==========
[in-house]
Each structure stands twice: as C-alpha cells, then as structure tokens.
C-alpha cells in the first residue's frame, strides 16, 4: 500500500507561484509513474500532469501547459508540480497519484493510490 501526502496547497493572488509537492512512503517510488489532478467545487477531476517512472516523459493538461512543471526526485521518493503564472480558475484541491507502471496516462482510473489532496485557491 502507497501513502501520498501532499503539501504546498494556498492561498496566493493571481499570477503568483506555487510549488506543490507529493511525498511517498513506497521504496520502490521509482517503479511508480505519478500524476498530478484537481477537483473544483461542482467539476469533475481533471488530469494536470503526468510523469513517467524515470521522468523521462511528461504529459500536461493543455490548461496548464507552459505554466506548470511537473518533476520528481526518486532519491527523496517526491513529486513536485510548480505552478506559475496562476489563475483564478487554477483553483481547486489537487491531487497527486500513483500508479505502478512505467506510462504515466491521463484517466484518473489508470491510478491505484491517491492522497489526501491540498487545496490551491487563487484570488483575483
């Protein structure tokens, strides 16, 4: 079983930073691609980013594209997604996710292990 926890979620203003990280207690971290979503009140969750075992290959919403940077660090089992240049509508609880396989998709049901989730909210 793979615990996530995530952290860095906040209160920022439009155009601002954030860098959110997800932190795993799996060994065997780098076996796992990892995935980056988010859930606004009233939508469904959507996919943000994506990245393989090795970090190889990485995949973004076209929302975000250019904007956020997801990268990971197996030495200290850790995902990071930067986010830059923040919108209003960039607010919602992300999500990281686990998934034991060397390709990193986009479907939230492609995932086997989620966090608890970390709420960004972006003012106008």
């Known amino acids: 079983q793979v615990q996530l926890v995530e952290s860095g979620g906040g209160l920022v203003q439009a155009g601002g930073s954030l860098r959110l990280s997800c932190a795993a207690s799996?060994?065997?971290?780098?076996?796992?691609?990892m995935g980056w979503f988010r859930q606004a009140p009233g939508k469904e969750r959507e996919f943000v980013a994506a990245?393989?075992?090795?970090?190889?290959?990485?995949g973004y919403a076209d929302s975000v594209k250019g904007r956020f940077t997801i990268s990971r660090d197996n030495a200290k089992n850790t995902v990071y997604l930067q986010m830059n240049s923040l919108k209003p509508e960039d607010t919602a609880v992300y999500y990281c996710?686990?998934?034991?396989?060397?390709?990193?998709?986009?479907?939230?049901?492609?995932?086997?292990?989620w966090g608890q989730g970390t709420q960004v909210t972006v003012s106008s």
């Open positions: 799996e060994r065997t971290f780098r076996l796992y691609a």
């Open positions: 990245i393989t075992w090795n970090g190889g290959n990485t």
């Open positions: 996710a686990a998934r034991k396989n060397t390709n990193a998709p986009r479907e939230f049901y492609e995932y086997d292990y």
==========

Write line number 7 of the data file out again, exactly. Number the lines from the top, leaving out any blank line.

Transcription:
């Open positions: 990245i393989t075992w090795n970090g190889g290959n990485t």